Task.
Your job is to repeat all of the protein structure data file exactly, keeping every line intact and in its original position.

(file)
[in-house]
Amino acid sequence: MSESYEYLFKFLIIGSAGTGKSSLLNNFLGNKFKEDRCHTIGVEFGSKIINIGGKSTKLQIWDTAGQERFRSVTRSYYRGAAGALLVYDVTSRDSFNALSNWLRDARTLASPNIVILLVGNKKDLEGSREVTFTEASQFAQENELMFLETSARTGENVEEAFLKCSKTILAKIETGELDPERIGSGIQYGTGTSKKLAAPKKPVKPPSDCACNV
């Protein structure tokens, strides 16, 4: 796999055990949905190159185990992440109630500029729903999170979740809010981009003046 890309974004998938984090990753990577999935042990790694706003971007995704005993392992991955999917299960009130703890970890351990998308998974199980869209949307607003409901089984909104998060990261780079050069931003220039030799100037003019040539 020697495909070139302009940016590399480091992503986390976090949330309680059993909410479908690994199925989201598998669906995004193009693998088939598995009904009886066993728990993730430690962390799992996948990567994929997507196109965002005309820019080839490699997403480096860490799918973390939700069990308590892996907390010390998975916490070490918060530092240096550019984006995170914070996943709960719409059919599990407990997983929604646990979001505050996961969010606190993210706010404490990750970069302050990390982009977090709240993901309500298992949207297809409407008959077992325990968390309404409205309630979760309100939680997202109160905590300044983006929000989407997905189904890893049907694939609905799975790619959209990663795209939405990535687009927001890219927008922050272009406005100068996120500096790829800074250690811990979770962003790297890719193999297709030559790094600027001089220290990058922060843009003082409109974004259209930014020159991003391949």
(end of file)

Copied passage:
[in-house]
Amino acid sequence: MSESYEYLFKFLIIGSAGTGKSSLLNNFLGNKFKEDRCHTIGVEFGSKIINIGGKSTKLQIWDTAGQERFRSVTRSYYRGAAGALLVYDVTSRDSFNALSNWLRDARTLASPNIVILLVGNKKDLEGSREVTFTEASQFAQENELMFLETSARTGENVEEAFLKCSKTILAKIETGELDPERIGSGIQYGTGTSKKLAAPKKPVKPPSDCACNV
């Protein structure tokens, strides 16, 4: 796999055990949905190159185990992440109630500029729903999170979740809010981009003046 890309974004998938984090990753990577999935042990790694706003971007995704005993392992991955999917299960009130703890970890351990998308998974199980869209949307607003409901089984909104998060990261780079050069931003220039030799100037003019040539 020697495909070139302009940016590399480091992503986390976090949330309680059993909410479908690994199925989201598998669906995004193009693998088939598995009904009886066993728990993730430690962390799992996948990567994929997507196109965002005309820019080839490699997403480096860490799918973390939700069990308590892996907390010390998975916490070490918060530092240096550019984006995170914070996943709960719409059919599990407990997983929604646990979001505050996961969010606190993210706010404490990750970069302050990390982009977090709240993901309500298992949207297809409407008959077992325990968390309404409205309630979760309100939680997202109160905590300044983006929000989407997905189904890893049907694939609905799975790619959209990663795209939405990535687009927001890219927008922050272009406005100068996120500096790829800074250690811990979770962003790297890719193999297709030559790094600027001089220290990058922060843009003082409109974004259209930014020159991003391949």